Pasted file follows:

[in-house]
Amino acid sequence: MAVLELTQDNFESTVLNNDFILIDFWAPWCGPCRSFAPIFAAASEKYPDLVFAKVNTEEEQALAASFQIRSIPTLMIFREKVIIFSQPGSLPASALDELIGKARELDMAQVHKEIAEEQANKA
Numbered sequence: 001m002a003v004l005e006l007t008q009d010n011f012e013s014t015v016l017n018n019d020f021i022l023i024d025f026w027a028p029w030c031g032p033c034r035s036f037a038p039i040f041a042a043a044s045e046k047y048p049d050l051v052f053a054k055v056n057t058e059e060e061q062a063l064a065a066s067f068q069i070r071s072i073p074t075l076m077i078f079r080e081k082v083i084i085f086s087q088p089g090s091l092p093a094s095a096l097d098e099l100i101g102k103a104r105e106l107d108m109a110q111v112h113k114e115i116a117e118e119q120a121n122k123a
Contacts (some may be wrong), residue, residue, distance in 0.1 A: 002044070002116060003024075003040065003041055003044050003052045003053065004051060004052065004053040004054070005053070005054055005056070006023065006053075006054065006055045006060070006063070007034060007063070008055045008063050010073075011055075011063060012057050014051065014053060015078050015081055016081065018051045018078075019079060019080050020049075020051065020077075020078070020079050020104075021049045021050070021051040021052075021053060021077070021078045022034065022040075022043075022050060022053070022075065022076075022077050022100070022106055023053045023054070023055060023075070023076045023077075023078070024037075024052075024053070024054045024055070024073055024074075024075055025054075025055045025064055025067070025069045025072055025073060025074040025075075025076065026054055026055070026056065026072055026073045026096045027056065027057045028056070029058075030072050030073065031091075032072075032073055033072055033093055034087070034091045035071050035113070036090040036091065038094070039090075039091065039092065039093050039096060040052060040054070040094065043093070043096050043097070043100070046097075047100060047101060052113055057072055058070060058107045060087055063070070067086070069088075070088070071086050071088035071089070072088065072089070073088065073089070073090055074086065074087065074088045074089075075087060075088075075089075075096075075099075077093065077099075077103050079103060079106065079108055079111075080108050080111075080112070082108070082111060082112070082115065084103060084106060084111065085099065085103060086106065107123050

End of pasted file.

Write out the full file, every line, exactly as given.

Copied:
[in-house]
Amino acid sequence: MAVLELTQDNFESTVLNNDFILIDFWAPWCGPCRSFAPIFAAASEKYPDLVFAKVNTEEEQALAASFQIRSIPTLMIFREKVIIFSQPGSLPASALDELIGKARELDMAQVHKEIAEEQANKA
Numbered sequence: 001m002a003v004l005e006l007t008q009d010n011f012e013s014t015v016l017n018n019d020f021i022l023i024d025f026w027a028p029w030c031g032p033c034r035s036f037a038p039i040f041a042a043a044s045e046k047y048p049d050l051v052f053a054k055v056n057t058e059e060e061q062a063l064a065a066s067f068q069i070r071s072i073p074t075l076m077i078f079r080e081k082v083i084i085f086s087q088p089g090s091l092p093a094s095a096l097d098e099l100i101g102k103a104r105e106l107d108m109a110q111v112h113k114e115i116a117e118e119q120a121n122k123a
Contacts (some may be wrong), residue, residue, distance in 0.1 A: 002044070002116060003024075003040065003041055003044050003052045003053065004051060004052065004053040004054070005053070005054055005056070006023065006053075006054065006055045006060070006063070007034060007063070008055045008063050010073075011055075011063060012057050014051065014053060015078050015081055016081065018051045018078075019079060019080050020049075020051065020077075020078070020079050020104075021049045021050070021051040021052075021053060021077070021078045022034065022040075022043075022050060022053070022075065022076075022077050022100070022106055023053045023054070023055060023075070023076045023077075023078070024037075024052075024053070024054045024055070024073055024074075024075055025054075025055045025064055025067070025069045025072055025073060025074040025075075025076065026054055026055070026056065026072055026073045026096045027056065027057045028056070029058075030072050030073065031091075032072075032073055033072055033093055034087070034091045035071050035113070036090040036091065038094070039090075039091065039092065039093050039096060040052060040054070040094065043093070043096050043097070043100070046097075047100060047101060052113055057072055058070060058107045060087055063070070067086070069088075070088070071086050071088035071089070072088065072089070073088065073089070073090055074086065074087065074088045074089075075087060075088075075089075075096075075099075077093065077099075077103050079103060079106065079108055079111075080108050080111075080112070082108070082111060082112070082115065084103060084106060084111065085099065085103060086106065107123050